4 Techniques Used in Trauma Therapy

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Trauma is a series of one-time or repeated events that can have a profound impact on an individual’s life. It can take the form of physical injury, sexual violence, or death.

A trauma therapist is trained to help patients recover from traumatic experiences. They may use a variety of techniques, including art therapy and psychotherapy. Here are four techniques used in trauma therapy:

Prolonged Exposure (PE)

Prolonged Exposure (PE) is a technique used in trauma therapy that is proven to reduce symptoms of post-traumatic stress disorder. It’s often recommended for people who have experienced trauma, such as a traumatic accident or assault, and who have PTSD.

PE involves gradual, safe exposure to stimuli that trigger fear or memories of the trauma. This helps the client to confront their fears, decreases anxiety and helps them feel more comfortable in the present.

Before you start a PE session, you and your therapist will make a list of things that remind you of the trauma. These may include places, objects, or people that you have avoided due to the trauma.

During each session, you and your therapist will gradually expose yourself to these reminders. This can involve going over the traumatic memory in person, in writing, or by visualizing it.

The goal of PE is to help you face these traumatic memories, which can be difficult and lead to feelings of disgust and anger. Your therapist will guide you through each step of the process, helping you to decrease your avoidance and replace it with healthy thinking.

You’ll also learn breathing exercises that will help you reduce your anxiety while exposed to traumatic memories and remind you that you’re not alone. These techniques are effective in helping you to overcome your PTSD and move forward with your life.

This technique is one of the best-established trauma treatments available and has received more evidence for its effectiveness than any other method of treatment. Practitioners throughout the world use PE to treat survivors of rape, assault, child abuse, combat, motor vehicle accidents, and natural disasters.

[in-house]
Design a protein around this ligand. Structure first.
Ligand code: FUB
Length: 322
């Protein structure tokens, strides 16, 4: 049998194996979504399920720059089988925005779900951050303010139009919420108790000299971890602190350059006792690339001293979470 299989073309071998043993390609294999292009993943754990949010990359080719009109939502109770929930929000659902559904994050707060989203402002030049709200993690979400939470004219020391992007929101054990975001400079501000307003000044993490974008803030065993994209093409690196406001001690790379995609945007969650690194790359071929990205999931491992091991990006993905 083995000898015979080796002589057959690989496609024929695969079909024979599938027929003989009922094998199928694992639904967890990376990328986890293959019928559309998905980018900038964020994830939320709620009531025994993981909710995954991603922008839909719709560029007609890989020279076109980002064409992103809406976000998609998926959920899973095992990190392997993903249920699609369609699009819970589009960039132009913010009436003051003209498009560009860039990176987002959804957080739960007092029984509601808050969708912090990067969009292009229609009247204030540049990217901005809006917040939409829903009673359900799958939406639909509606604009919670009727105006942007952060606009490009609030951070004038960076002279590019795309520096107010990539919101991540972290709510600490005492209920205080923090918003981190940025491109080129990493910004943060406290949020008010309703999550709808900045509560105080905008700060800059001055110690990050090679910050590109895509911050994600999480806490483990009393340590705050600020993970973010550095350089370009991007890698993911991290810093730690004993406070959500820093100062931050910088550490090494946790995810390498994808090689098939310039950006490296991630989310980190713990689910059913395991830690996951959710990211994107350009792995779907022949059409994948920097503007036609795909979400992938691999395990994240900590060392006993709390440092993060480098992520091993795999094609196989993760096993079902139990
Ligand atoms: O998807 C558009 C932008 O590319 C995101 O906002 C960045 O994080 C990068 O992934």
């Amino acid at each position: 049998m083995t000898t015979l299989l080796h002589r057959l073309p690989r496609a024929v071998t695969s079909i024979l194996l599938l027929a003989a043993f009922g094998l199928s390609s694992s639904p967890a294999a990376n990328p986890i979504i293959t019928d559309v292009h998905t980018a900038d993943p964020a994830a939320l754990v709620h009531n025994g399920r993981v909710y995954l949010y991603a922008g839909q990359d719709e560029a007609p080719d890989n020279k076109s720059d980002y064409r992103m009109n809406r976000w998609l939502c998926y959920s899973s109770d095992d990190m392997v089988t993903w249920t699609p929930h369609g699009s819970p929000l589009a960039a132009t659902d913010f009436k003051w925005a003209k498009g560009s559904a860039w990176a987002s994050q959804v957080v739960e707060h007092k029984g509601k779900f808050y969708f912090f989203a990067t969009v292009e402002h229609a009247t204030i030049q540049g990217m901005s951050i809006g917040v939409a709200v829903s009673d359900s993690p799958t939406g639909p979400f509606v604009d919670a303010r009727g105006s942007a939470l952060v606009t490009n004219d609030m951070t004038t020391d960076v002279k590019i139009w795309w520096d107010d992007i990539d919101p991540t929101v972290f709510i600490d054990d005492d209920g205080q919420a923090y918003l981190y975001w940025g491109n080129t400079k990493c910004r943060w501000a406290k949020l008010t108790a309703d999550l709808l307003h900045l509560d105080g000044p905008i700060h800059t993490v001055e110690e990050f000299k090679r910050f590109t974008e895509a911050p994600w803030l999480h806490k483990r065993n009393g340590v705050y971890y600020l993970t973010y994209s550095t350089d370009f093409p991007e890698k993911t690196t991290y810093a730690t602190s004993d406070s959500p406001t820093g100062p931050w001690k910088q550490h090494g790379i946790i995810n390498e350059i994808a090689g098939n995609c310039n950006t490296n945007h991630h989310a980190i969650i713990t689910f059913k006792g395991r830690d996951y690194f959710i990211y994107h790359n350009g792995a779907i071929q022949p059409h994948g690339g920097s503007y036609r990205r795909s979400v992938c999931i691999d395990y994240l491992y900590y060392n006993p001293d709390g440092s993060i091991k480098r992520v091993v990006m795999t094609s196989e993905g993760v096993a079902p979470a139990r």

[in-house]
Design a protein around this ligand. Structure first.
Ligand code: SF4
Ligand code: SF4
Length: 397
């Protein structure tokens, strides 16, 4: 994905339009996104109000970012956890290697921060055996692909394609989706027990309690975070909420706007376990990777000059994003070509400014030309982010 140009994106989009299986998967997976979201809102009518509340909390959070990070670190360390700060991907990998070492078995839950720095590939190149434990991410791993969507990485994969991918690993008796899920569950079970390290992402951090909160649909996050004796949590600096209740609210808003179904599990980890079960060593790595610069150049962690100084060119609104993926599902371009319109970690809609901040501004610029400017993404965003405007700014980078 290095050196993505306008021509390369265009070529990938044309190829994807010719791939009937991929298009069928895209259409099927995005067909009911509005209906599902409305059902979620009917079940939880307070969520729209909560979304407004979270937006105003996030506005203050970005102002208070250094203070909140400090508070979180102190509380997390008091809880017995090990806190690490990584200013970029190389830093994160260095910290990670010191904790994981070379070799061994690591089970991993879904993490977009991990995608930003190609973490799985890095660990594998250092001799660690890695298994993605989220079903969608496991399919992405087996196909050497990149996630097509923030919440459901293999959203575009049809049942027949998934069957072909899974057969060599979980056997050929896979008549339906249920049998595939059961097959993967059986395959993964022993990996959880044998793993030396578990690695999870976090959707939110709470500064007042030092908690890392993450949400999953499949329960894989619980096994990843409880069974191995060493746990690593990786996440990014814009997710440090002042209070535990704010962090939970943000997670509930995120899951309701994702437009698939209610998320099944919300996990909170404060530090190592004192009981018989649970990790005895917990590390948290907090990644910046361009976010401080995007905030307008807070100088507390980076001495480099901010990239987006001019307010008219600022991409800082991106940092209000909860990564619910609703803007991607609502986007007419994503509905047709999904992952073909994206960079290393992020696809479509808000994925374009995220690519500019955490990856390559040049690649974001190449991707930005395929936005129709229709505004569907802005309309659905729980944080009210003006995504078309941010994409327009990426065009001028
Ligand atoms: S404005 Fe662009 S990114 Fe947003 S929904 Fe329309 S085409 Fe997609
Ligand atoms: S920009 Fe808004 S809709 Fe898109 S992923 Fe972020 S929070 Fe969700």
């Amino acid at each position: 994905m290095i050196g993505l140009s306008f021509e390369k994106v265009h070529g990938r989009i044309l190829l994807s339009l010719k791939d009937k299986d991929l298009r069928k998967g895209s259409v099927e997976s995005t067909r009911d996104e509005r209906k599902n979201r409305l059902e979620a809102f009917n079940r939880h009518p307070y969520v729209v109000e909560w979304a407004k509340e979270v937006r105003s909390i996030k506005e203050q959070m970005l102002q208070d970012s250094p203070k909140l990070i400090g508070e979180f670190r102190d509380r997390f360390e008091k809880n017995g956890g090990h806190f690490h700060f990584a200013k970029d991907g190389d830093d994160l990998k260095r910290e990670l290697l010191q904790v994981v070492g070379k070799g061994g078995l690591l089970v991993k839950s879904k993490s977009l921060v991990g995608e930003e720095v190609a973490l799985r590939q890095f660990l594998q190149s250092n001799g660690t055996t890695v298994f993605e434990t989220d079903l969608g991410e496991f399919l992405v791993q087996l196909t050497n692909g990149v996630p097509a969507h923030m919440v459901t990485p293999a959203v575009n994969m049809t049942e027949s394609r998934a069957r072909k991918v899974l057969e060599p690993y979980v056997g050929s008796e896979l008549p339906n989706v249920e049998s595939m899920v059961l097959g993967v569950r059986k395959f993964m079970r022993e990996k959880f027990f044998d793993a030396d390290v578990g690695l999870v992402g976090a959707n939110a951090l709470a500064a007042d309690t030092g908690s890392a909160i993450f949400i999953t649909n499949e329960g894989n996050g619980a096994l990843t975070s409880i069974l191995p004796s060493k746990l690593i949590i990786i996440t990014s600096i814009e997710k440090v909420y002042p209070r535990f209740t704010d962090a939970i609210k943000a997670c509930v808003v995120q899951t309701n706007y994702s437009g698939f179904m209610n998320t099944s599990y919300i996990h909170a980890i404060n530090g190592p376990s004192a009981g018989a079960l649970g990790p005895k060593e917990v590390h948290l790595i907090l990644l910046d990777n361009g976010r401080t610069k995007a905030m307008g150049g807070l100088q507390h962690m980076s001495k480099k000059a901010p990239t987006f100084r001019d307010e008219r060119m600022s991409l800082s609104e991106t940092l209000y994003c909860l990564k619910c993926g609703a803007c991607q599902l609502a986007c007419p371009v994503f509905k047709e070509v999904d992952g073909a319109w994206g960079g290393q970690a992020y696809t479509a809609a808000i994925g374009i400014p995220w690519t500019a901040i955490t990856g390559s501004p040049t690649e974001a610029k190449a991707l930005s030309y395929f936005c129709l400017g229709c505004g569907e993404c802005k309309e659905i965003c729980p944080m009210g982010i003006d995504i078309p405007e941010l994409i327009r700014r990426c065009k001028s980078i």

When choosing a therapist, look for one who is trained in PE. Generally speaking, psychologists and social workers are the most likely to have this training. They will have attended workshops or training courses and received specialized hands-on training in how to administer PE.

If you’re interested in learning more about the theoretical foundation and therapeutic techniques of Prolonged Exposure, you can access a website like PEWeb. This website provides detailed, step-by-step instructions in each of the core therapeutic techniques of PE along with easy-to-follow session scripts, forms, and handouts.

Eye Movement Desensitization and Reprocessing (EMDR)


Eye movement desensitization and reprocessing (EMDR) is a psychological technique that’s used in trauma therapy to help reduce the impact of traumatic memories. It involves a series of phases, each focusing on a different aspect of the memory. This process helps you to identify and overcome negative emotions, thoughts, and body sensations associated with a traumatic event or life experience.

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EMDR was originally developed by psychologist Francine Shapiro in the late 1980s. It uses rhythmic, left-right eye movements to change the way a traumatic memory is stored in your brain. The therapist guides you through the process, helping you recall specific memories and their impact on your everyday life.

The most common use of EMDR is for the treatment of post-traumatic stress disorder (PTSD), but it can also be helpful for anxiety and depression. Studies have shown that EMDR is effective in helping people with PTSD feel calmer and less worried.

Although there’s some controversy about how EMDR works, it’s been found to be effective for many patients. It’s a fairly new therapy that was created by Shapiro after she accidentally discovered an eye-movement technique while walking through a park.

In theory, EMDR uses lateral eye movements to stimulate the brain’s innate investigatory reflex, which inhibits fear and permits exploratory behavior. It also triggers interhemispheric communication, which increases the brain’s ability to digest and store memories differently so that they don’t keep coming back.

However, research is still in its early stages, and no one knows for sure how EMDR works. Some researchers say that it’s simply exposure therapy with a superfluous addition of eye movement, while others think that the EMs are critical to the treatment’s effectiveness.